When you are passionate about something it's usually the driving force that directs your career, and this is definitely the case with this month's customer focus, long time Aspire user Stuart Hutchison. With many years of aviation engineering and a real love for flying aircraft Stuart decided he has the right set of tools to create his own aeroplane. Before we fly straight into the project, let's find out how Stuart found his love for aviation...
I am a 48 year old who has been employed full-time by the Royal Australian Air Force as a P3 Orion Navigator/Tactical Coordinator and Staff Officer since 1989. I learned to fly ultralight aircraft at the age of 14 and acquired practical skills growing up on a turf (sod) farm just North of Sydney, Australia.
My experience repairing machinery, rebuilding motors, welding, driving tractors and riding motorbikes led to a passion for hobby manufacture. From 1994-2009 I successfully ran two small side businesses; one hand-making tech diving reels (over 650), stainless steel double tank bands (over 100 pairs) and another in underwater photography. However, flying is my real passion and I ceased production in April 2008 to build an F1 Rocket kit aeroplane. As they say, the best way to make a million dollars in aviation is to start with two million, but being able to CNC cut parts enabled a level of home-made parts with the creativity normally only afforded by the major aircraft manufacturers.
For as long as I can remember I have had a keen eye for professionally engineered products, particularly machined parts. It was logical that accurate CNC would supersede manual machining, but for decades such technology was beyond the reach of the hobbyist. Affordable desktop CNC machining has been a long time coming, but during deployment to the Middle East I stumbled across a Kickstarter Internet campaign to setup a Stepcraft dealership in the USA. The discounts presented the opportunity to buy a machine that I could profile cut aluminium parts for the Rocket, up to and including the entire instrument panel.
In the end I purchased a Stepcraft 840 with HF500 spindle motor and T-slot table. I also have a three foot metal lathe, so some parts are a combination of CNC profile cutting and turning on the lathe.
Cut2D was being sold with the Stepcraft machine, so I read everything I could to find out about Cut2D, Cut3D and other Vectric products before committing. I approached Vectric for an Aspire trial license and haven’t looked back. I don’t have a lot of experience in other CAD/CAM products, but frankly I don’t need to. Aspire does all the things I need, which is mostly profile cutting, but I can also use the extrude functions to cut aerodynamic 3D shapes such as fuel drain fairings and tank vents hanging out in the breeze.
With a CNC at his disposal and a copy of Vectric’s Aspire in his arsenal of tools Stuart has everything he needed to create his mega project…
An F1 Rocket cruises at 370km/h. Unnecessary weight slows the aircraft down, as does parasite drag from any part of the aircraft exposed to the slipstream. Kit aircraft are also built ‘with maintenance in mind’ to minimise maintenance down-time, so it helps to achieve the strength of parts at minimum weight, maximum convenience and serviceability and good streamlining on anything mounted externally. Sometimes kit builders also like to test and adjust the position of switches and avionics mounted in the instrument panel, so it is also a major time saver to draw and trial cut the profile from MDF or acrylic first. Later, any minor adjustments or shifting of instruments can be done in software before cutting the final panel in expensive aerospace grade aluminium.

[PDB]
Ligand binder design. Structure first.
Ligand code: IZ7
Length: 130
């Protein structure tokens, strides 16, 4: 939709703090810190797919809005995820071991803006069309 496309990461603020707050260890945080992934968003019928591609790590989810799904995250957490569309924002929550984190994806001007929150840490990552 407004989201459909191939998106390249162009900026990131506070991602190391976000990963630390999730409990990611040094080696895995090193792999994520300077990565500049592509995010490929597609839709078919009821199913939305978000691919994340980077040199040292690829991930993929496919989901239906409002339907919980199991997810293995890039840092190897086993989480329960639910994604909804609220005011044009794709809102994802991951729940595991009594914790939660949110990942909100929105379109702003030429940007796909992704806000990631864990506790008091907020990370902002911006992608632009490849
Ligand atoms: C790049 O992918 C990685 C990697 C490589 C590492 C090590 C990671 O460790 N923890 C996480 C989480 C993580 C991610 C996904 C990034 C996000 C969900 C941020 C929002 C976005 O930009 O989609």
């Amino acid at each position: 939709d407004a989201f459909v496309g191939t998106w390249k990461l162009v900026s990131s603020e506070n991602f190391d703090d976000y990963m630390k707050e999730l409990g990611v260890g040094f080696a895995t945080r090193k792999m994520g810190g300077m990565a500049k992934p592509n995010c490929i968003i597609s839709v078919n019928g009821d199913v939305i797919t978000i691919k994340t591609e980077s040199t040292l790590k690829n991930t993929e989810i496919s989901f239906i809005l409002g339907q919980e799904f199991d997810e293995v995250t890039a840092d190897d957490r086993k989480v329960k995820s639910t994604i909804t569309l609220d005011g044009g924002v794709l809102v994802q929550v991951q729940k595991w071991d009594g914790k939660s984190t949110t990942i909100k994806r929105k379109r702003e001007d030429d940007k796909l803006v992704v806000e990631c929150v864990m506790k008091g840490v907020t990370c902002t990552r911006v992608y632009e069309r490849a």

My custom CNC machined parts have all been relatively straightforward to draw and cut, but the results are an amazing improvement over many of the stamped parts supplied with the kit. CNC facilitates a whole new level of customisation and attention to detail that will set my Rocket apart from other kit planes.
So far I have spent 9.5 years and 3000 hours building the Rocket. I would have spent twice as much time on the Internet reading about systems, wiring and composite construction. I have become ridiculously fastidious with some parts of the fit out, but in the end I will have a plane that is very comfortable to fly, that I am very proud of and will have excellent resale value. I am likely to become a serial builder and with extra experience I will be able to design, prototype and/or just make CNC machined parts that others dream of.
I typically machine aeronautical grade 2024-T3 alclad sheet or solid 6061-T6, all sourced from aviation suppliers. I use a 1/8” two-flute bit for sheet metal and 1/4” two-flute bit for thicker or solid metal, plastics and carbon fibre. I am not limited by production time, so I set a relatively low feed speed to avoid potential chattering.
By far the most useful feature to me within Aspire, is the cutting preview. This allows me to check that the part will turn out the way I want without wasting any expensive material. I also particularly like the ability to drag the drawing around and save it as an image file, so I can print and consider any new designs before machining. I have thoroughly enjoyed the efficiency of 2D profiling replacement parts for my kit. Once I have made the drawing I can easily modify the dimensions or add round or polygon holes and recesses.
With nearly a decade of time spent working on a project gone, Stuart is taking major steps towards finishing his own Plane. We would like to take this opportunity to thank Stuart for giving up valuable time to share his story with us all and inspire our community.
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